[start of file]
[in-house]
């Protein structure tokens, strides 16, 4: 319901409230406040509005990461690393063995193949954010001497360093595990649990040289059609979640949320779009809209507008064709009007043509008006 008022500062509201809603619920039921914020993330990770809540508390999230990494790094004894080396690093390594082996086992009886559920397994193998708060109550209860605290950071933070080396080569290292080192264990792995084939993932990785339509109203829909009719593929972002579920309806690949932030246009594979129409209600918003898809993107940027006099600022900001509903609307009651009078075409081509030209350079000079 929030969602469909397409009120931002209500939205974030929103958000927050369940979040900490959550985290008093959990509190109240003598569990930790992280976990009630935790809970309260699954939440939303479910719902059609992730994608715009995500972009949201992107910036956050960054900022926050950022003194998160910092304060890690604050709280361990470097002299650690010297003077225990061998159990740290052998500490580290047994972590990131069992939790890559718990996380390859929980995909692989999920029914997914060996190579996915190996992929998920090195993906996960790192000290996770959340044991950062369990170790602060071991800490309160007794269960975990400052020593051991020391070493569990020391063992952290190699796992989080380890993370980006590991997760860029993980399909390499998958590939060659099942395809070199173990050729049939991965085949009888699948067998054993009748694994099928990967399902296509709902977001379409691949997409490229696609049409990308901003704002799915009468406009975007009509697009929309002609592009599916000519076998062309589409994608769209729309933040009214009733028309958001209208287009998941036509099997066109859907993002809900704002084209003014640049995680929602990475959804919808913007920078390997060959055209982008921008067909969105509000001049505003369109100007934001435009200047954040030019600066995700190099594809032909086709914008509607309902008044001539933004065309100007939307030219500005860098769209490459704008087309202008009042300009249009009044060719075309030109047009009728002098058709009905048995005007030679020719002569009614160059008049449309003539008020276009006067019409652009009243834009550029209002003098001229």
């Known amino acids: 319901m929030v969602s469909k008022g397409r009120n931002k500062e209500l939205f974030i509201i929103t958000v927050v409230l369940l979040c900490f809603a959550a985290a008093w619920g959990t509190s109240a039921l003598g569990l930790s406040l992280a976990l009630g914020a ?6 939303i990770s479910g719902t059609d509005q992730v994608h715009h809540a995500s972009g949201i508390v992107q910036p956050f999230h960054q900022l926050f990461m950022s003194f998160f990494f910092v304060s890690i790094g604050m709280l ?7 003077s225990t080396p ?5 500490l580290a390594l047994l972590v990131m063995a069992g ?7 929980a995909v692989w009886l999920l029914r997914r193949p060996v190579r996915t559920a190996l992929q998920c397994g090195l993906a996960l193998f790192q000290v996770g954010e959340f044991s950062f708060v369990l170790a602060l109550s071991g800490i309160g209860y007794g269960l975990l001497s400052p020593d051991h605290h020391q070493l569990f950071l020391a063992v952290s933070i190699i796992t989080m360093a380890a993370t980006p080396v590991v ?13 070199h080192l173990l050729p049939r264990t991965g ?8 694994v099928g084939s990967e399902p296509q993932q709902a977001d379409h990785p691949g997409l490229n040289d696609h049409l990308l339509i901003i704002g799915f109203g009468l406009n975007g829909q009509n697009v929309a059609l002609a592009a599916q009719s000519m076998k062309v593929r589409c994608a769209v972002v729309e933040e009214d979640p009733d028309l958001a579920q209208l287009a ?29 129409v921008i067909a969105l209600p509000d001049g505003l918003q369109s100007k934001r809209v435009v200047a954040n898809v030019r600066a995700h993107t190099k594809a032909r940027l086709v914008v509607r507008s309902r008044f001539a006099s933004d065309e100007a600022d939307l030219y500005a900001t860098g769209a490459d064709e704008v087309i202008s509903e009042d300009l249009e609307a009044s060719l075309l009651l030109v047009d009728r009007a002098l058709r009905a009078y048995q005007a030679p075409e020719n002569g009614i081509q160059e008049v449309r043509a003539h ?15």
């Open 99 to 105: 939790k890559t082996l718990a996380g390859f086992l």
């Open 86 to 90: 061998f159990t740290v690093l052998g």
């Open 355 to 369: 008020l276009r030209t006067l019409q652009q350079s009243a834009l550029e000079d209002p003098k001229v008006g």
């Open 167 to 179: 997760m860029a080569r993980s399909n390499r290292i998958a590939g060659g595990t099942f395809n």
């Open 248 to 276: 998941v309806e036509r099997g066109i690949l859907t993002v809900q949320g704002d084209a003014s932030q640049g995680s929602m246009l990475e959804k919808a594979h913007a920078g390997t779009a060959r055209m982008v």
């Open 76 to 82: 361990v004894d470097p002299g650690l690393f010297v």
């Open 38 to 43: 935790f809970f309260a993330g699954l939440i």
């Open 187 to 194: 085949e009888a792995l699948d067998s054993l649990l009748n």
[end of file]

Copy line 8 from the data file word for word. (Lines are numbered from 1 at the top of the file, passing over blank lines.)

């Open 248 to 276: 998941v309806e036509r099997g066109i690949l859907t993002v809900q949320g704002d084209a003014s932030q640049g995680s929602m246009l990475e959804k919808a594979h913007a920078g390997t779009a060959r055209m982008v």